Above all, time management promises that a meaningful life might still be possible in this profit-driven environment.

An awkward truth about Taylor’s celebrated efficiency drives is that they were not very successful: Bethlehem Steel fired him in 1901, having paid him vast sums without any clearly detectable impact on its own profits.

Likewise, it remains the frequent experience of those who try to follow the advice of personal productivity gurus – I’m speaking from years of experience here – that a “mind like water” is far from the guaranteed result. As with Inbox Zero, so with work in general: the more efficient you get at ploughing through your tasks, the faster new tasks seem to arrive.

Then there’s the matter of self-consciousness: virtually every time management expert’s first piece of advice is to keep a detailed log of your time use, but doing so just heightens your awareness of the minutes ticking by, then lost for ever. As for focusing on your long-term goals: the more you do that, the more of your daily life you spend feeling vaguely despondent that you have not yet achieved them. Should you manage to achieve one, the satisfaction is strikingly brief – then it’s time to set a new long-term goal. The supposed cure just makes the problem worse.

There is a historical parallel for all this: it’s exactly what happened when the spread of “labour-saving” devices transformed the lives of housewives and domestic servants across Europe and north America from the end of the 19th century. Technology now meant that washing clothes no longer entailed a day bent over a mangle; a vacuum-cleaner could render a carpet spotless in minutes.

as the historian Ruth Cowan demonstrates in her 1983 book More Work for Mother, the result, for much of the 20th century, was not an increase in leisure time among those charged with doing the housework. Instead, as the efficiency of housework increased, so did the standards of cleanliness and domestic order that society came to expect. Now that the living-room carpet could be kept perfectly clean, it had to be; now that clothes never needed to be grubby, grubbiness was all the more taboo.

One of the sneakier pitfalls of an efficiency-based attitude to time is that we start to feel pressured to use our leisure time “productively”, too – an attitude which implies that enjoying leisure for its own sake, which you might have assumed was the whole point of leisure, is somehow not quite enough. And so we find ourselves, for example, travelling to unfamiliar places not for the sheer experience of travel, but in order to add to our mental storehouse of experiences, or to our Instagram feeds. We go walking or running to improve our health, not for the pleasure of movement; we approach the tasks of parenthood with a fixation on the successful future adults we hope to create.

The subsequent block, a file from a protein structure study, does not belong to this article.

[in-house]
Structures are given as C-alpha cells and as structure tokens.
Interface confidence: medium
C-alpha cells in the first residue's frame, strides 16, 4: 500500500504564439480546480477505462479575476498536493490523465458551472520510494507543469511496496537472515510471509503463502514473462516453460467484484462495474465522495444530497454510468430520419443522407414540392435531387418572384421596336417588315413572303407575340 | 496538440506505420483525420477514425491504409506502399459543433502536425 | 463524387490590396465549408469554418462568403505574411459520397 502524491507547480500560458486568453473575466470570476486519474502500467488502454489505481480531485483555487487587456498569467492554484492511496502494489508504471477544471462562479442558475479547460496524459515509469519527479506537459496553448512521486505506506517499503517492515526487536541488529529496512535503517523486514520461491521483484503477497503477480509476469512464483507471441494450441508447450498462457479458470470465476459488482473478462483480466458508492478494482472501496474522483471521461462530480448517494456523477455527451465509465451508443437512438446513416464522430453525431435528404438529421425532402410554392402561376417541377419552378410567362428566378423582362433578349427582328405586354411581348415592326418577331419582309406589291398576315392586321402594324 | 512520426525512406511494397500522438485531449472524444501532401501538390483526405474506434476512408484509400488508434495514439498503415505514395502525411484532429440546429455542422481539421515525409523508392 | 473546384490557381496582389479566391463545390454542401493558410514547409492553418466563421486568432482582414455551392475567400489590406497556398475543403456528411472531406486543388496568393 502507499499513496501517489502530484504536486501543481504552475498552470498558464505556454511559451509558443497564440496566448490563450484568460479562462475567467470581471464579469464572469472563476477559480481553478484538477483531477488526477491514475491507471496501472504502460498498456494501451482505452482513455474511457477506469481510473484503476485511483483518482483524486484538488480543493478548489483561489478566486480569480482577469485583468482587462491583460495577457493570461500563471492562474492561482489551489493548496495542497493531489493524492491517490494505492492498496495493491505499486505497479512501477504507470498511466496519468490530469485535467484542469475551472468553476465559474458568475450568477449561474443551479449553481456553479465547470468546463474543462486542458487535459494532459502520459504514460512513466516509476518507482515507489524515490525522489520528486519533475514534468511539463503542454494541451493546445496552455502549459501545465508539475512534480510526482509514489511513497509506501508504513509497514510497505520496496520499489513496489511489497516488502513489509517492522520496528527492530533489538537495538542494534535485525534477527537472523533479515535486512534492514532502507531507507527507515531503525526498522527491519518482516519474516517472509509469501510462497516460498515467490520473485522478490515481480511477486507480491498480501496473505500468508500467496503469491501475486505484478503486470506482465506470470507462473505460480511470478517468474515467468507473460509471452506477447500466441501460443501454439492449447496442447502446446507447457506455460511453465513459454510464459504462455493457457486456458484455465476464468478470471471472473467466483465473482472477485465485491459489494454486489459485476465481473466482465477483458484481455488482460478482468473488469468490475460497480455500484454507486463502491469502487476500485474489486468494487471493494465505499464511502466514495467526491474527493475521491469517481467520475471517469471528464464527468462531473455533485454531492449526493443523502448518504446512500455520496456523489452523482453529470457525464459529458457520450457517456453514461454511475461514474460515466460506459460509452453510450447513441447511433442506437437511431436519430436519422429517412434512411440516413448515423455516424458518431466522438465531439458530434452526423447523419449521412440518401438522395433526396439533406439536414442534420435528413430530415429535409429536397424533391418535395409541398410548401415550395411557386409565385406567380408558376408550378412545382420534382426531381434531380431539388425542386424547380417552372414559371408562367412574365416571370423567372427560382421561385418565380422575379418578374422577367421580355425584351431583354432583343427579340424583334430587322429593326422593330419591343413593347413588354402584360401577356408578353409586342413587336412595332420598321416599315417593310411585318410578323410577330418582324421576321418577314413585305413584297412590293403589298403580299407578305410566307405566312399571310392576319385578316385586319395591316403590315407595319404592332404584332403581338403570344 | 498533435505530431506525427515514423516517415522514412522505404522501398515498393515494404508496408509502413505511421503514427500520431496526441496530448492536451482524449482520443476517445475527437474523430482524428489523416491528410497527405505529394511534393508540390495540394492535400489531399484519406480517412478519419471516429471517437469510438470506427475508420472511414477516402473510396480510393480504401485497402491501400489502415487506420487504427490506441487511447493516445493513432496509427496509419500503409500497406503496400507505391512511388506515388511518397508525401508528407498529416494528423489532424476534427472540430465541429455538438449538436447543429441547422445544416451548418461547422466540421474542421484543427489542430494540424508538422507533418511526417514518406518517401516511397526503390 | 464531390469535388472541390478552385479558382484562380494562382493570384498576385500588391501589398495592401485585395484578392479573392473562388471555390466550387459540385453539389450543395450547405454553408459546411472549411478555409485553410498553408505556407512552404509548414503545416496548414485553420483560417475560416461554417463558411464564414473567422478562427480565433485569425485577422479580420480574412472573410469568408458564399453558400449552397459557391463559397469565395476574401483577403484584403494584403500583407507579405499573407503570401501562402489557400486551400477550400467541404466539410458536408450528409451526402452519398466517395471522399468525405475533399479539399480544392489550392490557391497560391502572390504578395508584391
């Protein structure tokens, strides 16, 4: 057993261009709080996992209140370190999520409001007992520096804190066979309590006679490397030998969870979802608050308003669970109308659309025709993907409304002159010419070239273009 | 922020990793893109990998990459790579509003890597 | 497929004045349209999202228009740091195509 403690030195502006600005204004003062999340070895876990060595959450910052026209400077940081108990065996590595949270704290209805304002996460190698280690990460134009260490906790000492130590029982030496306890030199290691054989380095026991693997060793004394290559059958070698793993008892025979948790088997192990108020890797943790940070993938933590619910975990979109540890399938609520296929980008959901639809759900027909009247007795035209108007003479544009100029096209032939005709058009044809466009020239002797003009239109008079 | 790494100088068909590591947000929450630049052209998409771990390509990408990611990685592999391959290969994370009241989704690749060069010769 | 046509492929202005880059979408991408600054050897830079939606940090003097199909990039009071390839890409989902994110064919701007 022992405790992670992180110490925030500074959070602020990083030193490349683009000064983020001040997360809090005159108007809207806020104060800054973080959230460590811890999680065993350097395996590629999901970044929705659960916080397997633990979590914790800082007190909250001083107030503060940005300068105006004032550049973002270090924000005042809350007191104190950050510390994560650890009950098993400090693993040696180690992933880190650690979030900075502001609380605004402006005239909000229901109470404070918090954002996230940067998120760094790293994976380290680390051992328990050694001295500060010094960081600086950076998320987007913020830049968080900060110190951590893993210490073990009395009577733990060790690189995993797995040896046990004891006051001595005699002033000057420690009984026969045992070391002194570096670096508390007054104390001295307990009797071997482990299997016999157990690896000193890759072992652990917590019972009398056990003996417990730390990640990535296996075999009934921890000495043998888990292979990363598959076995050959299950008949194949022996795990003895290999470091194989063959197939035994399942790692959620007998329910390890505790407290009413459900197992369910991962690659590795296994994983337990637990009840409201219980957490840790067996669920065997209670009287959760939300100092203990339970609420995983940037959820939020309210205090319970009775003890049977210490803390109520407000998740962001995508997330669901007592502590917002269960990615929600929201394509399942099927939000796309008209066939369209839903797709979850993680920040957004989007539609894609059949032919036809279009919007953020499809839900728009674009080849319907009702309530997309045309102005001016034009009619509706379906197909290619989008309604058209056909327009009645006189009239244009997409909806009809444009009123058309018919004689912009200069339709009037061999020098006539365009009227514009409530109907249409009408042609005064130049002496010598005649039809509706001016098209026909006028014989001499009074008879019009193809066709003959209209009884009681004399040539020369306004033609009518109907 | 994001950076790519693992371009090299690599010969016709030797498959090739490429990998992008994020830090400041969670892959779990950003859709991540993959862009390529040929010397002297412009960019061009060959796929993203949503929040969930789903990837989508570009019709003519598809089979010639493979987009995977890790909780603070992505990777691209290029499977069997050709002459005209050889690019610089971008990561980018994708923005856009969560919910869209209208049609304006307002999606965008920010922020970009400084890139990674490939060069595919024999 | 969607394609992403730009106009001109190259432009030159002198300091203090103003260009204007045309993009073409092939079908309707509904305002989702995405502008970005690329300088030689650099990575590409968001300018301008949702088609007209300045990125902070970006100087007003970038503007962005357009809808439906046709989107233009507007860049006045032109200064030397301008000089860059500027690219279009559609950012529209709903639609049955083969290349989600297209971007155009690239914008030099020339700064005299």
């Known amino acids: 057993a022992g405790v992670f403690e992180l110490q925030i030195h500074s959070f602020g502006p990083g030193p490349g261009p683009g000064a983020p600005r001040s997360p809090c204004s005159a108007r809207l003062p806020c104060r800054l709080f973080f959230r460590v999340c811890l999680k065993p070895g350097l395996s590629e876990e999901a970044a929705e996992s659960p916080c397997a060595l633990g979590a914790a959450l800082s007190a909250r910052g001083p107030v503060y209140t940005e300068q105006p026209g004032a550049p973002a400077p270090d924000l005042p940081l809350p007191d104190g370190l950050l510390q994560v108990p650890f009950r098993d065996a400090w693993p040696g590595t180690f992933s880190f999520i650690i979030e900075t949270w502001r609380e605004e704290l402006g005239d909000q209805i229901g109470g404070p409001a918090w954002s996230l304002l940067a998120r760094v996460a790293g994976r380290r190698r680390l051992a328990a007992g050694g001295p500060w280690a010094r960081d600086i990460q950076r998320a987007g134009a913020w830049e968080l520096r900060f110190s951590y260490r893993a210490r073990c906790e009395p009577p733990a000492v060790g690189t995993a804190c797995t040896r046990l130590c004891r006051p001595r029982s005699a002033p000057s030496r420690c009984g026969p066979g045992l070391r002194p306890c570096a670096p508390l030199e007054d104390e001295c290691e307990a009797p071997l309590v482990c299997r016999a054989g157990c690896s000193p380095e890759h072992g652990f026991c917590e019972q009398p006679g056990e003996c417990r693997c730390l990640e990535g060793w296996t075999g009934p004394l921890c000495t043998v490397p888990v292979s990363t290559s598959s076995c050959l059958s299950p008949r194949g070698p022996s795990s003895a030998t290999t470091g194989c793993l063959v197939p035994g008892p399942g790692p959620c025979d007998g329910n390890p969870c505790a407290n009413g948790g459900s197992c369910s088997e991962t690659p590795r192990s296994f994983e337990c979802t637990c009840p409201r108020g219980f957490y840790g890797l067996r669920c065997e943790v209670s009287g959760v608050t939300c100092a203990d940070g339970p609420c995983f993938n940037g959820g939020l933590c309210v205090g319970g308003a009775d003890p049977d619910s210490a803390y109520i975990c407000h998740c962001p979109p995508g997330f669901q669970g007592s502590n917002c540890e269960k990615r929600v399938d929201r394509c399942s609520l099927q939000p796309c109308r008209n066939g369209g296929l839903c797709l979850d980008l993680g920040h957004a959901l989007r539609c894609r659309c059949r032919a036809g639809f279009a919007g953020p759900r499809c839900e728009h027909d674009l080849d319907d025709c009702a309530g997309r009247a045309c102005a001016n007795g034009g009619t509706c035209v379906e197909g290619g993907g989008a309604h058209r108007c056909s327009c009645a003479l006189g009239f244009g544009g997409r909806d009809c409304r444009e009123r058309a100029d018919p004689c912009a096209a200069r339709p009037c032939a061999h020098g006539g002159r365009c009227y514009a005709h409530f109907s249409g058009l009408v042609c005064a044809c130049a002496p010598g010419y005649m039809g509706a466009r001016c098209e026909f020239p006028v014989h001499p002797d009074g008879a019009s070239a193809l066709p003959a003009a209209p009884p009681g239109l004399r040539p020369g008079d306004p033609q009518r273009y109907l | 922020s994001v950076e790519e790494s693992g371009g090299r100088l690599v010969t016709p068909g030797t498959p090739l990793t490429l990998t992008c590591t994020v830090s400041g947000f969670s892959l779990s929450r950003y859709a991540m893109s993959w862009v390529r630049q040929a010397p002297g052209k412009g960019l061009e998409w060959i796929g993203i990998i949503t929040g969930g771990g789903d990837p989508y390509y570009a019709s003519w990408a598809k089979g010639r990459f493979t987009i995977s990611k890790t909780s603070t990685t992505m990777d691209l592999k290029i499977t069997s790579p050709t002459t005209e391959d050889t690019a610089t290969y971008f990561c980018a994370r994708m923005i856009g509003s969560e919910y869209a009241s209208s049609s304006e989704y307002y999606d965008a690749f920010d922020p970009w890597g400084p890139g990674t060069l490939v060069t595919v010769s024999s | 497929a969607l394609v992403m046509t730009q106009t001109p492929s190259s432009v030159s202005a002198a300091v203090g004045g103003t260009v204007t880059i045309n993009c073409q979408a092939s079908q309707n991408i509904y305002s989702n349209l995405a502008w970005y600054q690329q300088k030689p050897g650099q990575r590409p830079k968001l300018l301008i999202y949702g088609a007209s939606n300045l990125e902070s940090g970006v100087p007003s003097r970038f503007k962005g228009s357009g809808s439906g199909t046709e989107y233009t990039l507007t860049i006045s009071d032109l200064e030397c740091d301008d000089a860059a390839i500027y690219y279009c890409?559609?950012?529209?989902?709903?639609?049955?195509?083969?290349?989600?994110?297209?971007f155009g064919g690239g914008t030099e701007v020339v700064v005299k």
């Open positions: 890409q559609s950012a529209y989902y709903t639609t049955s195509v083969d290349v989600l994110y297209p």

Even rest and recreation, in a culture preoccupied with efficiency, can only be understood as valuable insofar as they are useful for some other purpose – usually, recuperation, so as to enable more work.

If the ethos of efficiency and productivity risks prioritising the health of the economy over the happiness of humans, it is also true that the sense of pressure it fosters is not much good for business, either.

thinking about time encourages clockwatching, which has been repeatedly shown in studies to undermine the quality of work.

In one representative experiment from 2008, US researchers asked people to complete the Iowa gambling task, a venerable decision-making test that involves selecting playing cards in order to win a modest amount of cash. All participants were given the same time in which to complete the task – but some were told that time would probably be sufficient, while others were warned it would be tight. Contrary to an intuition cherished especially among journalists – that the pressure of deadlines is what forces them to produce high-quality work – the second group performed far less well.

DeMarco points out that any increase in efficiency, in an organisation or an individual life, necessitates a trade-off: you get rid of unused expanses of time, but you also get rid of the benefits of that extra time. A visit to your family doctor provides an obvious example. The more efficiently they manage their time, the fuller their schedule will be – and the more likely it is that you will be kept sitting in the waiting room when an earlier appointment overruns.

A similar problem afflicts any corporate cost-cutting exercise that focuses on maximising employees’ efficiency: the more of their hours that are put to productive use, the less available they will be to respond, on the spur of the moment, to critical new demands.

“An organisation that can accelerate but not change direction is like a car that can speed up but not steer,” DeMarco writes. “In the short run, it makes lots of progress in whatever direction it happened to be going. In the long run, it’s just another road wreck.”